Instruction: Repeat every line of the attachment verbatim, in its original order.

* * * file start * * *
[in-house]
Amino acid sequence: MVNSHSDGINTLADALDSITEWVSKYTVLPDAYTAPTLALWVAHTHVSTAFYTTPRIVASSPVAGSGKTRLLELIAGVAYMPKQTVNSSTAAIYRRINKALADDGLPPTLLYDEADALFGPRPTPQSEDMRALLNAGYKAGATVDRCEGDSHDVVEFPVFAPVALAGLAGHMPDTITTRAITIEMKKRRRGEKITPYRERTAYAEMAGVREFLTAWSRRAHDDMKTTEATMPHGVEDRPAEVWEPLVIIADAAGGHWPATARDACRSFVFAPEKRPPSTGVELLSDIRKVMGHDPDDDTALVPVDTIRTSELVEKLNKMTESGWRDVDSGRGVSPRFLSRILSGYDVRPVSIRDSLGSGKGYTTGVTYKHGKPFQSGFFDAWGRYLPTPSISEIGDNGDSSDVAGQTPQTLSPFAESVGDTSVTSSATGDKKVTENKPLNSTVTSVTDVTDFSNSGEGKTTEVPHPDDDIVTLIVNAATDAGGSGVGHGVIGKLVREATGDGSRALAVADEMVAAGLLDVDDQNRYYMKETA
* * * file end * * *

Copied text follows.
[in-house]
Amino acid sequence: MVNSHSDGINTLADALDSITEWVSKYTVLPDAYTAPTLALWVAHTHVSTAFYTTPRIVASSPVAGSGKTRLLELIAGVAYMPKQTVNSSTAAIYRRINKALADDGLPPTLLYDEADALFGPRPTPQSEDMRALLNAGYKAGATVDRCEGDSHDVVEFPVFAPVALAGLAGHMPDTITTRAITIEMKKRRRGEKITPYRERTAYAEMAGVREFLTAWSRRAHDDMKTTEATMPHGVEDRPAEVWEPLVIIADAAGGHWPATARDACRSFVFAPEKRPPSTGVELLSDIRKVMGHDPDDDTALVPVDTIRTSELVEKLNKMTESGWRDVDSGRGVSPRFLSRILSGYDVRPVSIRDSLGSGKGYTTGVTYKHGKPFQSGFFDAWGRYLPTPSISEIGDNGDSSDVAGQTPQTLSPFAESVGDTSVTSSATGDKKVTENKPLNSTVTSVTDVTDFSNSGEGKTTEVPHPDDDIVTLIVNAATDAGGSGVGHGVIGKLVREATGDGSRALAVADEMVAAGLLDVDDQNRYYMKETA